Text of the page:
Alexander Zverev trials new coaching partnership with David Ferrer
Former French Open finalist David Ferrer now coaching Alexander Zverev on a trial basis.
Zverev and Ferrer are currently in the early stages of a two-week trial to test out the possibility of a more permanent arrangement.
Marca.com reports that Ferrer has travelled to Monte Carlo, where Zverev lives, to work with the German player. If things go well, Ferrer could join Zverev’s coaching team for the European clay-court season, with the Madrid Masters, Rome Masters and French Open all due to take place in a four-week period from mid-September.
It’s not clear whether Ferrer, who has a two-year-old son, would travel to the USA for the upcoming US Open even if the coaching trial goes well.
Ferrer was ranked as high as world no. 2 and reached the final of the French Open in 2013. He retired in May 2019 after persistent injury problems. Ironically enough, it was Zverev who beat the Spaniard in his final match, at the Madrid Masters.
The announcement comes with Zverev under fire for apparently breaching COVID-19 safety protocols. The 23-year-old German was one of the players who took part in Novak Djokovic’s Adria Tour, which was cancelled after players began testing positive for coronavirus. Zverev was not among them, but declared that he and his team would be self-isolating for the recommended 14 days – only for video of him partying in a crowded club six days later to emerge on social media.
He was heavily criticised, with Nick Kyrgios among those calling his behaviour ‘idiotic’ and ‘selfish’, while the director of the Berlin tournament Zverev is due to play from 13-19 July said he might rescind Zverev’s invitation or require him to follow a strict code of conduct while in Berlin.
Ferrer was known as one of the most hard-working, humble and professional players on the ATP Tour, so bringing him on board at this point could be a strategic move to divert attention from criticism of Zverev, who has been slated for a perceived lack of professionalism in the past as well as for his ill-advised behaviour during the COVID-19 crisis.
This is not the first time that Zverev has shown himself willing to add a big name to his coaching team – but his previous partnerships haven’t worked out well.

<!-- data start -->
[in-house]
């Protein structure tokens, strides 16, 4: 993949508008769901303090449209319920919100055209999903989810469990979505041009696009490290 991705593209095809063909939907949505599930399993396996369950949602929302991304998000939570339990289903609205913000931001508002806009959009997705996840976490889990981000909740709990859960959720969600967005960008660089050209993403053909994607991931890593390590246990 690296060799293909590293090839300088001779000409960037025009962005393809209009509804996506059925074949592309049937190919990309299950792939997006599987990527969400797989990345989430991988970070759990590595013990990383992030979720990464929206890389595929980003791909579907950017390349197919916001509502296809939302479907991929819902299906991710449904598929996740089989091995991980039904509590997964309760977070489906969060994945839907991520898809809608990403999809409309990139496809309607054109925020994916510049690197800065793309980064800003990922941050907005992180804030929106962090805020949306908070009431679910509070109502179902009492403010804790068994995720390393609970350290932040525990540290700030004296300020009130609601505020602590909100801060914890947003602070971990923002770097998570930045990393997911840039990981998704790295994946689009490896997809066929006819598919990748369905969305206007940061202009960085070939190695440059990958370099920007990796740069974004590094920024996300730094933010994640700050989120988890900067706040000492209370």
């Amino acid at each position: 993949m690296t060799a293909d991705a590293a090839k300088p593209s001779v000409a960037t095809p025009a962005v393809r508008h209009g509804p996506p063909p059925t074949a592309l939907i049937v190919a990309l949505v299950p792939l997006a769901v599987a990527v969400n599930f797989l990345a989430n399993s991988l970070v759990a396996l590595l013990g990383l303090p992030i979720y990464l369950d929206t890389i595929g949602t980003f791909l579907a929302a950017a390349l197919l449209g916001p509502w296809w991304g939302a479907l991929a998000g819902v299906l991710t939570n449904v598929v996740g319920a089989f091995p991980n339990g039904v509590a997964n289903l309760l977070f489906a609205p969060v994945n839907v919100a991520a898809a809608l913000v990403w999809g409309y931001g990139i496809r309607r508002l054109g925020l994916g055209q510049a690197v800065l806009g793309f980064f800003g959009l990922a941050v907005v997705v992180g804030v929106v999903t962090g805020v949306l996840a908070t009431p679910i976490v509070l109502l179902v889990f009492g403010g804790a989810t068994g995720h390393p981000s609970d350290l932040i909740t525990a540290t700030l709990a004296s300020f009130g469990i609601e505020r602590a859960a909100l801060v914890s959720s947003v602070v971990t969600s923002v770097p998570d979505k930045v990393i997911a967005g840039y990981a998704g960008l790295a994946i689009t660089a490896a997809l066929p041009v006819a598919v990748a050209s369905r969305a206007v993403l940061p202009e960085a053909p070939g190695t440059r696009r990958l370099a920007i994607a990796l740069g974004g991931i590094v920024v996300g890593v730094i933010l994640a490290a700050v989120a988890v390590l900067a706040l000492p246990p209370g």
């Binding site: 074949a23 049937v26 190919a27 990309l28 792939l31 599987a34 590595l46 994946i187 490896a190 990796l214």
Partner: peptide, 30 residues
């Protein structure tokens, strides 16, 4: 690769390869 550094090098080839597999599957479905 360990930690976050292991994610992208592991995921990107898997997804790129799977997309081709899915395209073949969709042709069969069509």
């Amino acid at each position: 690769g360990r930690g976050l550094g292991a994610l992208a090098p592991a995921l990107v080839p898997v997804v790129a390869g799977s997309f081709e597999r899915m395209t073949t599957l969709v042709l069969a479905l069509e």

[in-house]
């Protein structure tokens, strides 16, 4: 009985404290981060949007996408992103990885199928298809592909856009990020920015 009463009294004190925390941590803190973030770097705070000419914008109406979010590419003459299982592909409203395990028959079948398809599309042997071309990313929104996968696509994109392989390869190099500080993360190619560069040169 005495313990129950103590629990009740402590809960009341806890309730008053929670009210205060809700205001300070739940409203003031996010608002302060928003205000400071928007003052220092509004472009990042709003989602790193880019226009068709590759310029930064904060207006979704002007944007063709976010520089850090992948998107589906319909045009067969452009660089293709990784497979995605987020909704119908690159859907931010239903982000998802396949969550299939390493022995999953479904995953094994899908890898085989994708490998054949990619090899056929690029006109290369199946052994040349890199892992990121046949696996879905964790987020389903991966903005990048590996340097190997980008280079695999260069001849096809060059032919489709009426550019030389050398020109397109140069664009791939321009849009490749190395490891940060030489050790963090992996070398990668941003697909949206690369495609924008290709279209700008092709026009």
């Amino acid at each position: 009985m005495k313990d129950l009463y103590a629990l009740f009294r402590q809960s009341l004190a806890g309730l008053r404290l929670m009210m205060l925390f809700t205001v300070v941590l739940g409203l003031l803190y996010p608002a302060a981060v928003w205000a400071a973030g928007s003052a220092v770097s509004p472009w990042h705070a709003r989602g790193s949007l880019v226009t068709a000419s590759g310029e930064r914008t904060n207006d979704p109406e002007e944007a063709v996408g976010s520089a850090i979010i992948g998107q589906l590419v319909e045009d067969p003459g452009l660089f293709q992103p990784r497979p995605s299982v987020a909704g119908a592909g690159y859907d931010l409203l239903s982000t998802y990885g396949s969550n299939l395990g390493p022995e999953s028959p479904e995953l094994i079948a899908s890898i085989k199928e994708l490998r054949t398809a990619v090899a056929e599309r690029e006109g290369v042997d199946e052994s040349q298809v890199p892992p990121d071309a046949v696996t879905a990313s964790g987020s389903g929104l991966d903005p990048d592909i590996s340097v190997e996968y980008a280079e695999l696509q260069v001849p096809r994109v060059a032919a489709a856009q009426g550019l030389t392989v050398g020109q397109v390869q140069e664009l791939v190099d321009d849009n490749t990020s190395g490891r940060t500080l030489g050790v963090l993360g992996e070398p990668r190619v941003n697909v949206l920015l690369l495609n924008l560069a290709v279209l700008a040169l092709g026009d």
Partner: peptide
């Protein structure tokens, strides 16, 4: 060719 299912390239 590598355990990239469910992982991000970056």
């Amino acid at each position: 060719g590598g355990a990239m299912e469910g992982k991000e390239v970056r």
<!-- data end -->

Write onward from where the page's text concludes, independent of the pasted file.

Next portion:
Zverev worked with Juan Carlos Ferrero, the former world no. 1 and French Open champion who, like Ferrer, hails from Spain. The partnership began in July 2017 and lasted eight months before the pair split after the 2018 Australian Open, with Zverev claiming that Ferrero had been ‘disrespectful’ to his team while Ferrero heavily implied that Zverev’s lack of professionalism was to blame, saying that they had ‘different ideas about how to be a professional off the court’. Zverev’s habit of arriving 20-30 minutes late to a practice session was one of the issues cited by Ferrero.
Ivan Lendl, who won eight Grand Slams during his time as a player and went on to have a highly fruitful coaching partnership with Andy Murray, began working with Zverev later in 2018. The year ended with Zverev’s biggest title to date, scoring back-to-back victories over Novak Djokovic and Roger Federer to win the season-ending ATP Finals in London. But the 2019 season was a torrid one for Zverev, who struggled on the court while being mired in a legal dispute with his former agent off the court, and Lendl announced the end of their relationship in July.
Lendl noted that Zverev ‘was still very young’, adding: ‘[C]urrently he has some off-court issues that make it difficult to work in a way that is consistent with my philosophy.’
Zverev shot back that he felt like he wanted more of Lendl’s attention on the tennis court and less on the golf course.
Regardless of his off-court difficulties, Zverev is still considered to be one of the leading lights of the younger generation in men’s tennis, although Stefanos Tsitsipas, Daniil Medvedev and Dominic Thiem have all overtaken him in the rankings.